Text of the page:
Introduction: During the last decade, individual care plans (ICPs) have been introduced in healthcare in many countries. ICPs are used in different settings and for different purposes. In chronic illness care, ICPs are implemented to improve patient-centeredness, i.e. to ensure that decision-making about treatment and care and the actual delivery of care is based on patients' self-assessed needs and personal goals, and is tailored to their preferences and competencies. In addition, ICPs are implemented to support patients' self-management. In terms of the Chronic Care Model (Wagner et al., 1998), these two purposes refer to interventions in different components: delivery system design and self-management support. With this paper we aim to provide more insight in the use of ICPs in chronic illness (primary) care in the Netherlands and in other European countries: to what extent and for which purpose have they been implemented, for which target populations and which outcomes have been achieved?. Methods: Data were collected in three ways: 1. by a patient survey among a nationwide sample of 1602 patients with a (medically diagnosed) chronic disease registered in 82 general practices in the Netherlands, 2. by surveys among patients with COPD, diabetes type 2 or cardiovascular disease/high risk and their primary care providers participating in pretestposttest evaluation studies of several ICP-related interventions in the Netherlands, and 3. by a survey among country experts of 31 European countries and subsequent site visits to regional integrated care programs or practices targeting patients with multi-morbidity in several European countries as part of the ICARE4EU-project (www.icare4eu.org). Results: Overall, the use of ICPs in Dutch chronic illness primary care in 2011 was low (9%), with slightly higher percentages of ICP-use found among patients with diabetes or COPD (13%), both diseases for which disease management programs have been implemented in the Netherlands. A low implementation level was also reported in studies from Norway and the UK. More recently, Dutch care groups who facilitated training and support for primary care providers to start working with ICPs succeeded in increasing the use of ICPs in their disease management programs for COPD, diabetes and cardiovascular disease/high risk (up to 36% of the participating patients). Primary care physicians and nurses reported various reasons to decide whether or not to develop an ICP with a specific patient. Some reported to use an ICP with patients with very complex health conditions, whereas others used ICPs with patients whom they perceived to be better prepared for self-management. These different reasons suggest that primary care providers use ICPs for different purposes. Several evaluation studies show that patients with whom an ICP had been developed experienced better chronic illness care (as assessed by the PACIC-questionnaire) than patients without an ICP. However, improvements in self-management were usually not found. One study showed no difference in outcomes between diabetes patients with a low or high (pretest) activation level (PAM). In 24 of the 31 countries included in the ICARE4EU-survey, integrated care programs were found in which the use of ICPs was reported. In the POTKU-project, which aimed to improve patient-centeredness of chronic illness primary care in Middle Finland, patients with an ICP reported to receive better chronic illness care (PACIC-scores) than patients without an ICP. But also in this project the implementation of ICPs lagged behind expectations, which -like in the Dutch evaluation studies- was attributed to poor integration of the ICP with the health information system, lack of time and patient characteristics. Highlights: - The implementation of ICPs in chronic illness care in European countries is still low, which seems partly due to impeding factors in the organization of the care (e.g. health information systems, allocation of staff time). - Healthcare providers seem to use ICPs for different purposes, which is reflected in their selection of patients with whom they develop an ICP. - ICPs have the potential to improve patient-centeredness: patients with an ICP report to receive care that is more guided by their personal goals and preferences than patients without an ICP. - There is currently insufficient evidence that ICPs also improve chronically ill patients' selfmanagement. Conclusion: There is a gap between policy aspirations and clinical practice of the use of ICPs in chronic illness care in the Netherlands and in other European countries. Factors in the organization of primary care (e.g. time investment, supportive environments) need to be addressed to improve implementation. ICPs may improve patient-centeredness rather than patients' self-management in chronic illness care.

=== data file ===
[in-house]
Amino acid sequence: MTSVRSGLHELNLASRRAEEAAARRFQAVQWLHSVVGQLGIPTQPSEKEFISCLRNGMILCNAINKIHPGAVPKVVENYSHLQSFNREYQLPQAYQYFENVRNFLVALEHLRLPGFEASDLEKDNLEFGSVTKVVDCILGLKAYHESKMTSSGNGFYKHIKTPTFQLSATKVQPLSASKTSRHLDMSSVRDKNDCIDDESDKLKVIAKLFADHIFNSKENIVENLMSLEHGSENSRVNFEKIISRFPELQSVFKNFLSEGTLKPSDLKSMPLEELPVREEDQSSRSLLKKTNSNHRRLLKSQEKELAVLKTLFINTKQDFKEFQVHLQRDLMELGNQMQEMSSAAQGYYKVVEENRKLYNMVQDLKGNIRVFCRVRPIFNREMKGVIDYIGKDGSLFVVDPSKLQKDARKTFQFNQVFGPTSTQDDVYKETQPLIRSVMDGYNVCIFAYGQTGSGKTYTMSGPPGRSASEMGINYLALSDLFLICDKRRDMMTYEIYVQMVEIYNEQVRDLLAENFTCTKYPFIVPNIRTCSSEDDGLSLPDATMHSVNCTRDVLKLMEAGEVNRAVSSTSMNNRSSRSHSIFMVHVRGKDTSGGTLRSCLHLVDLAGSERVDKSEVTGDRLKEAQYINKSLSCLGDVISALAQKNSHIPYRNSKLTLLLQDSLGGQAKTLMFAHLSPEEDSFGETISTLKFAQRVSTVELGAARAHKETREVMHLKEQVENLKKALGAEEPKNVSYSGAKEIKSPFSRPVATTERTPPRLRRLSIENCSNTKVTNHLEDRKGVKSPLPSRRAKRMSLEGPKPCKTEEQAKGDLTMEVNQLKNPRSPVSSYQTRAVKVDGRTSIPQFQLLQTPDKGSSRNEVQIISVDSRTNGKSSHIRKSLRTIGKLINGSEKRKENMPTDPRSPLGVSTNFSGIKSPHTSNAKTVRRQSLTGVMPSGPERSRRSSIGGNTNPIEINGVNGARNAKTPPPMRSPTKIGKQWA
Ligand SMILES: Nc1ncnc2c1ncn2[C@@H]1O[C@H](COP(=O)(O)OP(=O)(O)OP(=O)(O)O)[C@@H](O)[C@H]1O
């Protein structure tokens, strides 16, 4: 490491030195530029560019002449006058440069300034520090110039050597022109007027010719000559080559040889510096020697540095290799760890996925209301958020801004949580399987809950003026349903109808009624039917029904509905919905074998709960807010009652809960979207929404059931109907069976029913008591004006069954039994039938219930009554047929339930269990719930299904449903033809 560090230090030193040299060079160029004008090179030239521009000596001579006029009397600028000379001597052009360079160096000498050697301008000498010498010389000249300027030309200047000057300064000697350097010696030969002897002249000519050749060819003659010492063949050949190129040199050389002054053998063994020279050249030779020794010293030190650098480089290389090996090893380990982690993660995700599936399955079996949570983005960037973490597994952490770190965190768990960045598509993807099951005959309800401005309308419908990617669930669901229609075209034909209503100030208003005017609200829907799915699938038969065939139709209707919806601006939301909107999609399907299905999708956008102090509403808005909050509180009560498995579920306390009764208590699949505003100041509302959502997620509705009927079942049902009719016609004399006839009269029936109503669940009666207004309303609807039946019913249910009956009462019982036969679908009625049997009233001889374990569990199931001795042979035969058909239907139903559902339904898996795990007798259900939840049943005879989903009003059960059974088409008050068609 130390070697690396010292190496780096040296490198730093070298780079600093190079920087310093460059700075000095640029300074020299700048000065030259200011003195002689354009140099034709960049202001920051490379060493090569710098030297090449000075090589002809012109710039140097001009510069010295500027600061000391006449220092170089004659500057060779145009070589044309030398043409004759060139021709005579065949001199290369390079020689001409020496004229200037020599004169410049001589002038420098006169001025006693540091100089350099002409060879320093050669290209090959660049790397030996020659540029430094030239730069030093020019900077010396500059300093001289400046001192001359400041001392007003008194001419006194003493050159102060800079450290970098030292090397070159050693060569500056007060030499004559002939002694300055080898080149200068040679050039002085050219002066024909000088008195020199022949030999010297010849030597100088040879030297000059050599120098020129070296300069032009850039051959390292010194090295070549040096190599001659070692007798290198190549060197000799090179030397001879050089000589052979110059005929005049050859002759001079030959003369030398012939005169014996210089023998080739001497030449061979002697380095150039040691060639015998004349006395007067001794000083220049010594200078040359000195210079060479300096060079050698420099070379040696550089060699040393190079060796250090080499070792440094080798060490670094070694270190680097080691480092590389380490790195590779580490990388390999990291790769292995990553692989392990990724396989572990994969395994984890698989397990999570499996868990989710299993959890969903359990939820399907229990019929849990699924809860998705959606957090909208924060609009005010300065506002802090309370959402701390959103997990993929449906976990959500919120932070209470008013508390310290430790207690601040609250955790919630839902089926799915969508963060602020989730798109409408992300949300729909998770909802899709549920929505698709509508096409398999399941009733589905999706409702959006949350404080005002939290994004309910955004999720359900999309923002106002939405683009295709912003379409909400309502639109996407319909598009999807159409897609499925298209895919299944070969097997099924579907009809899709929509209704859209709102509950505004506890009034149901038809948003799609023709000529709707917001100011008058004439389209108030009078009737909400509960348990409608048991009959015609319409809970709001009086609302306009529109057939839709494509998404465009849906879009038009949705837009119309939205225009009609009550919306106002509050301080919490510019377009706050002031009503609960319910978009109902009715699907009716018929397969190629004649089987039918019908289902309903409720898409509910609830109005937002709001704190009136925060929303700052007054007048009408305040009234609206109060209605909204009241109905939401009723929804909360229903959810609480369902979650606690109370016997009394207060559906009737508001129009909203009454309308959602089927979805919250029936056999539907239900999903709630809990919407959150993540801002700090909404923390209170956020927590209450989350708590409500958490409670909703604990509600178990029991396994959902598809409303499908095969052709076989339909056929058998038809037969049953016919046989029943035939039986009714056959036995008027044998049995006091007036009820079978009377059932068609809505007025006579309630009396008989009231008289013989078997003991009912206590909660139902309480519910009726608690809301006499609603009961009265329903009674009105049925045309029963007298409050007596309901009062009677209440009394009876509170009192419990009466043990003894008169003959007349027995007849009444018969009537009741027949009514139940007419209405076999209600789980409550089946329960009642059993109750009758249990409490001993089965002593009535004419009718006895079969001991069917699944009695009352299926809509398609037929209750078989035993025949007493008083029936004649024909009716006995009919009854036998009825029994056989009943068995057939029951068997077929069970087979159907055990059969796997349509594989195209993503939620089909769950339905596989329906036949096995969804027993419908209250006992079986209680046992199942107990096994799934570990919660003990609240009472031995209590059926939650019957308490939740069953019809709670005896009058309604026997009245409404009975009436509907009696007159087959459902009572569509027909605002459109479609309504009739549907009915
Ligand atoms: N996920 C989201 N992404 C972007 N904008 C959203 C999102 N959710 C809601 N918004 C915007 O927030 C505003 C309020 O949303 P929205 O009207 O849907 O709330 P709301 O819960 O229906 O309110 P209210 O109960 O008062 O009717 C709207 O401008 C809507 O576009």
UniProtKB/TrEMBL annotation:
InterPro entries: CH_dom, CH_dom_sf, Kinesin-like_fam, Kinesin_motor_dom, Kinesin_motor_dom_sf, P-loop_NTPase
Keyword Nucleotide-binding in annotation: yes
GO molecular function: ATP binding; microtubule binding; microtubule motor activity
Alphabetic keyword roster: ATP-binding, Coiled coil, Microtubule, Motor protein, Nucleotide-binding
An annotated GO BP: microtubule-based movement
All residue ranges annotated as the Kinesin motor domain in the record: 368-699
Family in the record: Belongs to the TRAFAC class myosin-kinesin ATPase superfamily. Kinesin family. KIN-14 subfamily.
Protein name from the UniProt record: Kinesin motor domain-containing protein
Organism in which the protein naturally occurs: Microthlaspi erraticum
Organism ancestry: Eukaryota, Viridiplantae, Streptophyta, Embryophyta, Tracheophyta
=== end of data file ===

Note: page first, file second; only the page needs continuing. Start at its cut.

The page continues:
Rijken, M., Van der Heide, I., & Heijmans, M. (2016). Individual care plans in chronic illness care: aims, use and outcomes. International Journal of Integrated Care, 16(6), 209. https://doi.org/10.5334/ijic.2757